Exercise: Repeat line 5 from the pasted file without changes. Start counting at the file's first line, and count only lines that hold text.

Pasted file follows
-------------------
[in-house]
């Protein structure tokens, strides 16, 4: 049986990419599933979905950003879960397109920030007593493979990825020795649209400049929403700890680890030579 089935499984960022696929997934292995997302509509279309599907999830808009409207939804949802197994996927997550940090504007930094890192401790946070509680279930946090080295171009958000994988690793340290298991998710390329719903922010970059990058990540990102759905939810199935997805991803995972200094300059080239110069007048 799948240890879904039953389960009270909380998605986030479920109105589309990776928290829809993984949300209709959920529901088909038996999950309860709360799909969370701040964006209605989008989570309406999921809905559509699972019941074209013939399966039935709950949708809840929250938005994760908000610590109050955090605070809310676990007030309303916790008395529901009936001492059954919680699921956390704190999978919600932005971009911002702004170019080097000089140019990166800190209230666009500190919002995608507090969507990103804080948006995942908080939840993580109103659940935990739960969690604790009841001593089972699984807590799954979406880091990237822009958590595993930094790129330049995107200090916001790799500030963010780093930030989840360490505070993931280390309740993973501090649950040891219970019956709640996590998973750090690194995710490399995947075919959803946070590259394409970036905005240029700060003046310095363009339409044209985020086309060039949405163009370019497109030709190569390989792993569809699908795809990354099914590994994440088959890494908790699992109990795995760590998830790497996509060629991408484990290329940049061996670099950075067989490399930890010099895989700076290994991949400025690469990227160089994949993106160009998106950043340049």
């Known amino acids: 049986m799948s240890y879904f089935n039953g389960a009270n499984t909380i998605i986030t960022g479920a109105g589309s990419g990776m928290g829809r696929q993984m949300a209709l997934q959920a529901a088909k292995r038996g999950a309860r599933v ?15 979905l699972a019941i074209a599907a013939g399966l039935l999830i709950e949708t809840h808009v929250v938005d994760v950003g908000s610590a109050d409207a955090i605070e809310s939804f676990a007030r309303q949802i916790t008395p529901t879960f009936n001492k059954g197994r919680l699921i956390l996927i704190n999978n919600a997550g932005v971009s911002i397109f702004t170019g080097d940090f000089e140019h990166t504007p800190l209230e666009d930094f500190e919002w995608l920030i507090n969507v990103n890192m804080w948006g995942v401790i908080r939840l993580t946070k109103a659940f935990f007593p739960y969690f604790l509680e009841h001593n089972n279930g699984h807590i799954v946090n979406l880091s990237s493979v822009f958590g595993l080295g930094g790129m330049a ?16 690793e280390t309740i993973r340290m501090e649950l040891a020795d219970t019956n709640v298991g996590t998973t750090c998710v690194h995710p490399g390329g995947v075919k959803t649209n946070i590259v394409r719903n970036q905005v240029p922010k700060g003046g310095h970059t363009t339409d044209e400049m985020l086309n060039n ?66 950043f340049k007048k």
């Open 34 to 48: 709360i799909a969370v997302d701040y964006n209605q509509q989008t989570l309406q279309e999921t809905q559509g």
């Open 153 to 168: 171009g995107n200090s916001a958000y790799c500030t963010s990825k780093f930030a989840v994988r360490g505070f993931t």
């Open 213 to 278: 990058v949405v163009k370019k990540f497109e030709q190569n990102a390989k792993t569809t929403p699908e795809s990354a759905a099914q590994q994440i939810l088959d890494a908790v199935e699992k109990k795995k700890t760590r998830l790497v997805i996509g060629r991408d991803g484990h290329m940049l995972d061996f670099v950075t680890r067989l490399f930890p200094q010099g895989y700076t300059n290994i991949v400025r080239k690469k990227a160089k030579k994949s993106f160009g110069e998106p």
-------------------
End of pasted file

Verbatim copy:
């Open 153 to 168: 171009g995107n200090s916001a958000y790799c500030t963010s990825k780093f930030a989840v994988r360490g505070f993931t």